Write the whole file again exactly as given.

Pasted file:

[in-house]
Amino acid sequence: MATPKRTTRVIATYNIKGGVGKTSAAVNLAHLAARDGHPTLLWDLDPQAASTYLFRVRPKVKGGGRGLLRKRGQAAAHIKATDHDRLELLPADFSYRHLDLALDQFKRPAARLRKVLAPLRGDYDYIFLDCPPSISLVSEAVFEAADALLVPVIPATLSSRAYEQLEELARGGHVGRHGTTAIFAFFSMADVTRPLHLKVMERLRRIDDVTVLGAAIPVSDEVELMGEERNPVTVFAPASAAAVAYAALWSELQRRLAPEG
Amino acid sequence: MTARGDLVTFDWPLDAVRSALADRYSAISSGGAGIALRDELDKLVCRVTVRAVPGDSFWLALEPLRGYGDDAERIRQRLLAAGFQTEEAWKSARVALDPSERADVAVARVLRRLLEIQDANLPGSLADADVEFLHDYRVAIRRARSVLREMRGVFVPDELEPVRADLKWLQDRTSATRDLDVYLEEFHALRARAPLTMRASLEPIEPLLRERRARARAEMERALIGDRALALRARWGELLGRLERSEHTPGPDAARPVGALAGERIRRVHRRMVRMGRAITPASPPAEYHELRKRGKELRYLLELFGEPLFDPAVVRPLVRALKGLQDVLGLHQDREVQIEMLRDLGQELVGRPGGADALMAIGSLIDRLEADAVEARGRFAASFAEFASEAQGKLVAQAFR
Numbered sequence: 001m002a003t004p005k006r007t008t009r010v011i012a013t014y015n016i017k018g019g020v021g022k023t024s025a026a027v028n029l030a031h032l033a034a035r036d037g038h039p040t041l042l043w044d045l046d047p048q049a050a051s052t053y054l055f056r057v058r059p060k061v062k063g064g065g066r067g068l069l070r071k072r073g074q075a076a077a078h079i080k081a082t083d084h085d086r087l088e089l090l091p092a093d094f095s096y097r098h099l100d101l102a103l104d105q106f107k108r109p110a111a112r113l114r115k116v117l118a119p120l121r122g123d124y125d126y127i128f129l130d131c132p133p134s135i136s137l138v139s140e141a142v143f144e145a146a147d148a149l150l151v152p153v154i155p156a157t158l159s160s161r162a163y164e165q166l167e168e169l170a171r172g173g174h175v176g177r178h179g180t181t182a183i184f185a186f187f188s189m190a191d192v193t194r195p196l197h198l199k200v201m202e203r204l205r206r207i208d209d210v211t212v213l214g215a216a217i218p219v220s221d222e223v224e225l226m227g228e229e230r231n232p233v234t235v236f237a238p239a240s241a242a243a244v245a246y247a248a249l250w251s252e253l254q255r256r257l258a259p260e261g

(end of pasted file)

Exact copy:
[in-house]
Amino acid sequence: MATPKRTTRVIATYNIKGGVGKTSAAVNLAHLAARDGHPTLLWDLDPQAASTYLFRVRPKVKGGGRGLLRKRGQAAAHIKATDHDRLELLPADFSYRHLDLALDQFKRPAARLRKVLAPLRGDYDYIFLDCPPSISLVSEAVFEAADALLVPVIPATLSSRAYEQLEELARGGHVGRHGTTAIFAFFSMADVTRPLHLKVMERLRRIDDVTVLGAAIPVSDEVELMGEERNPVTVFAPASAAAVAYAALWSELQRRLAPEG
Amino acid sequence: MTARGDLVTFDWPLDAVRSALADRYSAISSGGAGIALRDELDKLVCRVTVRAVPGDSFWLALEPLRGYGDDAERIRQRLLAAGFQTEEAWKSARVALDPSERADVAVARVLRRLLEIQDANLPGSLADADVEFLHDYRVAIRRARSVLREMRGVFVPDELEPVRADLKWLQDRTSATRDLDVYLEEFHALRARAPLTMRASLEPIEPLLRERRARARAEMERALIGDRALALRARWGELLGRLERSEHTPGPDAARPVGALAGERIRRVHRRMVRMGRAITPASPPAEYHELRKRGKELRYLLELFGEPLFDPAVVRPLVRALKGLQDVLGLHQDREVQIEMLRDLGQELVGRPGGADALMAIGSLIDRLEADAVEARGRFAASFAEFASEAQGKLVAQAFR
Numbered sequence: 001m002a003t004p005k006r007t008t009r010v011i012a013t014y015n016i017k018g019g020v021g022k023t024s025a026a027v028n029l030a031h032l033a034a035r036d037g038h039p040t041l042l043w044d045l046d047p048q049a050a051s052t053y054l055f056r057v058r059p060k061v062k063g064g065g066r067g068l069l070r071k072r073g074q075a076a077a078h079i080k081a082t083d084h085d086r087l088e089l090l091p092a093d094f095s096y097r098h099l100d101l102a103l104d105q106f107k108r109p110a111a112r113l114r115k116v117l118a119p120l121r122g123d124y125d126y127i128f129l130d131c132p133p134s135i136s137l138v139s140e141a142v143f144e145a146a147d148a149l150l151v152p153v154i155p156a157t158l159s160s161r162a163y164e165q166l167e168e169l170a171r172g173g174h175v176g177r178h179g180t181t182a183i184f185a186f187f188s189m190a191d192v193t194r195p196l197h198l199k200v201m202e203r204l205r206r207i208d209d210v211t212v213l214g215a216a217i218p219v220s221d222e223v224e225l226m227g228e229e230r231n232p233v234t235v236f237a238p239a240s241a242a243a244v245a246y247a248a249l250w251s252e253l254q255r256r257l258a259p260e261g